Chad Davidson


The very veery this heart thumps for,

she seems a mere heartbeat away,

a buoy bobbing in a bay


on whose shores I sit tongue-tied

to the sound of a fishing boat

tonguing the soft-sand shore-lap.


It’s March. And if I reel it in,

it is real. So to step in,

to swivel dingy oarlocks and plod


out nearer the buoy seems

the very act of throating a bird

as one might stroke a chicken neck


to pacify. Isadora

Duncan knows, or knew, all

too well this feather fingering


of Fate, both divas. Stay with me.

I am moving quite fast, sculling

by the buoy before I know it


is the very emblem of the veery

I would like each small chatty bird

in this narrative to be.


Stay with me, croons the buoy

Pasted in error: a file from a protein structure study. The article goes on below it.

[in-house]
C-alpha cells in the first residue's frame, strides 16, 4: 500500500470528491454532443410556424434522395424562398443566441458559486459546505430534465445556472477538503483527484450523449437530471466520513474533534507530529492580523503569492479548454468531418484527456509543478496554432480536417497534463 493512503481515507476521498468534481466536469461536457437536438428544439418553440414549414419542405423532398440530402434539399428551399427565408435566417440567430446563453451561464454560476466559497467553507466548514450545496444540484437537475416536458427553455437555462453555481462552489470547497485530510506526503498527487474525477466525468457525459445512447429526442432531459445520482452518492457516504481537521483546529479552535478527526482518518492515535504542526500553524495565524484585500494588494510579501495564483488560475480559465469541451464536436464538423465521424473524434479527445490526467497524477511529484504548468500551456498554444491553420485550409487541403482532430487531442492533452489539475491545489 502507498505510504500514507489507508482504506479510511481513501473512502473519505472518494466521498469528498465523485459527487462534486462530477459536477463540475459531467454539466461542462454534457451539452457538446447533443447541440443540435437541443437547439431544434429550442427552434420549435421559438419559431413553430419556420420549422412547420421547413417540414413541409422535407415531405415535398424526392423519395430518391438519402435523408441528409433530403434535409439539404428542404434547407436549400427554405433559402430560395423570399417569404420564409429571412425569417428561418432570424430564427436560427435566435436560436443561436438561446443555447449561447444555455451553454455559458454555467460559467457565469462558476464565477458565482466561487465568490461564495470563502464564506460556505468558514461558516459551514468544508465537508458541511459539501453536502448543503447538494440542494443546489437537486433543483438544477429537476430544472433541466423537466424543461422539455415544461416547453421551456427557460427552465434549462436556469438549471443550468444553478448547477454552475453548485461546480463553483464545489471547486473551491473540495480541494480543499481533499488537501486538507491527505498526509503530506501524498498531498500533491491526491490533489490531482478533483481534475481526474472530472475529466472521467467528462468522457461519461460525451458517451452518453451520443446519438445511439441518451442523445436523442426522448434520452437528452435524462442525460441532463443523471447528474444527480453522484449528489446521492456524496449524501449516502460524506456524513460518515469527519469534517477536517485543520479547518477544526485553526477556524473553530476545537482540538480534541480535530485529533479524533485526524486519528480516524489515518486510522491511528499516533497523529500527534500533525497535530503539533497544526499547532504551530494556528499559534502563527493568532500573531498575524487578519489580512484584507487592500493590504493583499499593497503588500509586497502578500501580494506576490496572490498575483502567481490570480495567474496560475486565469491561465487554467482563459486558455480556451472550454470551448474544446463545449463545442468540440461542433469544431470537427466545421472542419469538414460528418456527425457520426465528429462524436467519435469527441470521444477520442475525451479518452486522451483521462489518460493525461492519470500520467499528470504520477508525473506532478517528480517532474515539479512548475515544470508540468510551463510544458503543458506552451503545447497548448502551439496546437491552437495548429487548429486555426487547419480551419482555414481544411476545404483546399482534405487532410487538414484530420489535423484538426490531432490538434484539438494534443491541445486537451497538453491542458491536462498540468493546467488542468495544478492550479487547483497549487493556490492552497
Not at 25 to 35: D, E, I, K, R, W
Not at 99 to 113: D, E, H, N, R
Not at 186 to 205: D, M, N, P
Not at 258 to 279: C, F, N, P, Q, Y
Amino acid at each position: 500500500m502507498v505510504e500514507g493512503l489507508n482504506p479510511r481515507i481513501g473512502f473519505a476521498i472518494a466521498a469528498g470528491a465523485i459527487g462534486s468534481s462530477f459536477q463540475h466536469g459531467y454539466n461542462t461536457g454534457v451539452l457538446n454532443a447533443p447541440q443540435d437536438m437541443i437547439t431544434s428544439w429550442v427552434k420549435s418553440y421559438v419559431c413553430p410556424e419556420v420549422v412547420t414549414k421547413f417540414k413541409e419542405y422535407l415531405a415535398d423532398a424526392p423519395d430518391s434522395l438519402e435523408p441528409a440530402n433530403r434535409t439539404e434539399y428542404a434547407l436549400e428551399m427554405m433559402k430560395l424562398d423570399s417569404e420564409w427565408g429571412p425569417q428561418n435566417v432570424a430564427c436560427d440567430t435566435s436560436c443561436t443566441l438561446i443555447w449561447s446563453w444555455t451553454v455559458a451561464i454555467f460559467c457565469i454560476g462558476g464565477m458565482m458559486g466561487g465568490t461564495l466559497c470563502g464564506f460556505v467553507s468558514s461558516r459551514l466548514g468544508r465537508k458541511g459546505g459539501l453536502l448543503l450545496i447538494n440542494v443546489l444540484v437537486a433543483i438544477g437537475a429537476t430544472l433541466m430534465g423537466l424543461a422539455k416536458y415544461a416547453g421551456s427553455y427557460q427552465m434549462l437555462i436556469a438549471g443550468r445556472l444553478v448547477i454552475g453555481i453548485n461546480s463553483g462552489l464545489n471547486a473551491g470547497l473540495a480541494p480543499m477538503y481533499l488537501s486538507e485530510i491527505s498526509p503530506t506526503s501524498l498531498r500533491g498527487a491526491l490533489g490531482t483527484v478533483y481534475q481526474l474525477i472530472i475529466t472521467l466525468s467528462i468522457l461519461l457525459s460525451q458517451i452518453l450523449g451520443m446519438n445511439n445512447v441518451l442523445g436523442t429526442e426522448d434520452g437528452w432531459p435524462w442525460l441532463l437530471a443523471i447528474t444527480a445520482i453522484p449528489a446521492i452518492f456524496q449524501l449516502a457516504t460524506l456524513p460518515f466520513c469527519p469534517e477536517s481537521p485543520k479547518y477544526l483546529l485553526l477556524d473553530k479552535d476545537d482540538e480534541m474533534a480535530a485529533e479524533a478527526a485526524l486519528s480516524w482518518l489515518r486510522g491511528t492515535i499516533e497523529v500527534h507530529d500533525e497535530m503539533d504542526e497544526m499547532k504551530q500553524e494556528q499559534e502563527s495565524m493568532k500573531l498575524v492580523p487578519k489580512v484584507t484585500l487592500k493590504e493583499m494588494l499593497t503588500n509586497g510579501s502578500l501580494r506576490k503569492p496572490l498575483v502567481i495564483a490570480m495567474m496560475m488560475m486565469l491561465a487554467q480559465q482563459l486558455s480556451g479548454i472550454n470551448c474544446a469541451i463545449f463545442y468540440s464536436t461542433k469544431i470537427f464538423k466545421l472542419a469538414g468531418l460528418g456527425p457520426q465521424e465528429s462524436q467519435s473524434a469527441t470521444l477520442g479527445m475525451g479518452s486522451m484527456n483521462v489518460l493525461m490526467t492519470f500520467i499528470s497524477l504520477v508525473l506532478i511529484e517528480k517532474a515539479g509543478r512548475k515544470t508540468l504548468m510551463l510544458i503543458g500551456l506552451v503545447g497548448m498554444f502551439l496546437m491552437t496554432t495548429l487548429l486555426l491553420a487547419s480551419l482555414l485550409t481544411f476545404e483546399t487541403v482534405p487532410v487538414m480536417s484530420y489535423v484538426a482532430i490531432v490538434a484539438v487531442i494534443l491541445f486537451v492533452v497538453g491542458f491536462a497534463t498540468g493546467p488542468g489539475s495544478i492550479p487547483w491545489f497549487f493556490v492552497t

Bette Midlerian as I scull by

thwartwise. Thickets rise


out of the shore muck starboard,

my skull now heavy with chirping.

Stay with me, and I’d like to


slip out and slide to the spout

end of that buoy throatwise

and risen to song. This is weird,


I tell myself, by which I mean

the Anglo-Saxon kind, which kills

the very veery my heart adores.


Heart, if you have the heart,

help me swing the dinghy round.

Or dive down, bottom-dweller, and throat


this minnowed moat crosswise.

Nevermind the albatross.

Divide the drink for the wan and dewless.




“Diva” first appeared in Hotel Amerika, 3.2, (2005).